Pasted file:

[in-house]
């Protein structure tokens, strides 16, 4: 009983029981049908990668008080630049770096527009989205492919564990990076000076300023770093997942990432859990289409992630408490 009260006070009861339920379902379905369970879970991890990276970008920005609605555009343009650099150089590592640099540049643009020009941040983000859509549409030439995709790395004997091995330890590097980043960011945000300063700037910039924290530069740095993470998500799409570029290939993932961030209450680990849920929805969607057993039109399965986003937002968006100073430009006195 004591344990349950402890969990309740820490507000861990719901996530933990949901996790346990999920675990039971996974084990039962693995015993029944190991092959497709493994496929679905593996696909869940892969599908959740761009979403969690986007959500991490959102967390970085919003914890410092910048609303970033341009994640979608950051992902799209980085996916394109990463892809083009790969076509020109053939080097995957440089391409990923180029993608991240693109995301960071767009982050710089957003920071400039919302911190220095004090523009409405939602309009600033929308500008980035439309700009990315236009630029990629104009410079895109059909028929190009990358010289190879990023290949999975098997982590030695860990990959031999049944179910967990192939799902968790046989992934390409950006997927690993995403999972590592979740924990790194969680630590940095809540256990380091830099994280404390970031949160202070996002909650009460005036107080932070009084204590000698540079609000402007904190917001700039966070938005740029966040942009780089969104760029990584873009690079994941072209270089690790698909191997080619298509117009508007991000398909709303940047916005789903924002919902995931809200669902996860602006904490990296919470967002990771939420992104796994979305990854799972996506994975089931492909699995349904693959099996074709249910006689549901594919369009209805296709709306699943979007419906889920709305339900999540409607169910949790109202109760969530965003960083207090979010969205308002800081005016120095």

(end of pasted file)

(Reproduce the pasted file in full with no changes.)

[in-house]
């Protein structure tokens, strides 16, 4: 009983029981049908990668008080630049770096527009989205492919564990990076000076300023770093997942990432859990289409992630408490 009260006070009861339920379902379905369970879970991890990276970008920005609605555009343009650099150089590592640099540049643009020009941040983000859509549409030439995709790395004997091995330890590097980043960011945000300063700037910039924290530069740095993470998500799409570029290939993932961030209450680990849920929805969607057993039109399965986003937002968006100073430009006195 004591344990349950402890969990309740820490507000861990719901996530933990949901996790346990999920675990039971996974084990039962693995015993029944190991092959497709493994496929679905593996696909869940892969599908959740761009979403969690986007959500991490959102967390970085919003914890410092910048609303970033341009994640979608950051992902799209980085996916394109990463892809083009790969076509020109053939080097995957440089391409990923180029993608991240693109995301960071767009982050710089957003920071400039919302911190220095004090523009409405939602309009600033929308500008980035439309700009990315236009630029990629104009410079895109059909028929190009990358010289190879990023290949999975098997982590030695860990990959031999049944179910967990192939799902968790046989992934390409950006997927690993995403999972590592979740924990790194969680630590940095809540256990380091830099994280404390970031949160202070996002909650009460005036107080932070009084204590000698540079609000402007904190917001700039966070938005740029966040942009780089969104760029990584873009690079994941072209270089690790698909191997080619298509117009508007991000398909709303940047916005789903924002919902995931809200669902996860602006904490990296919470967002990771939420992104796994979305990854799972996506994975089931492909699995349904693959099996074709249910006689549901594919369009209805296709709306699943979007419906889920709305339900999540409607169910949790109202109760969530965003960083207090979010969205308002800081005016120095």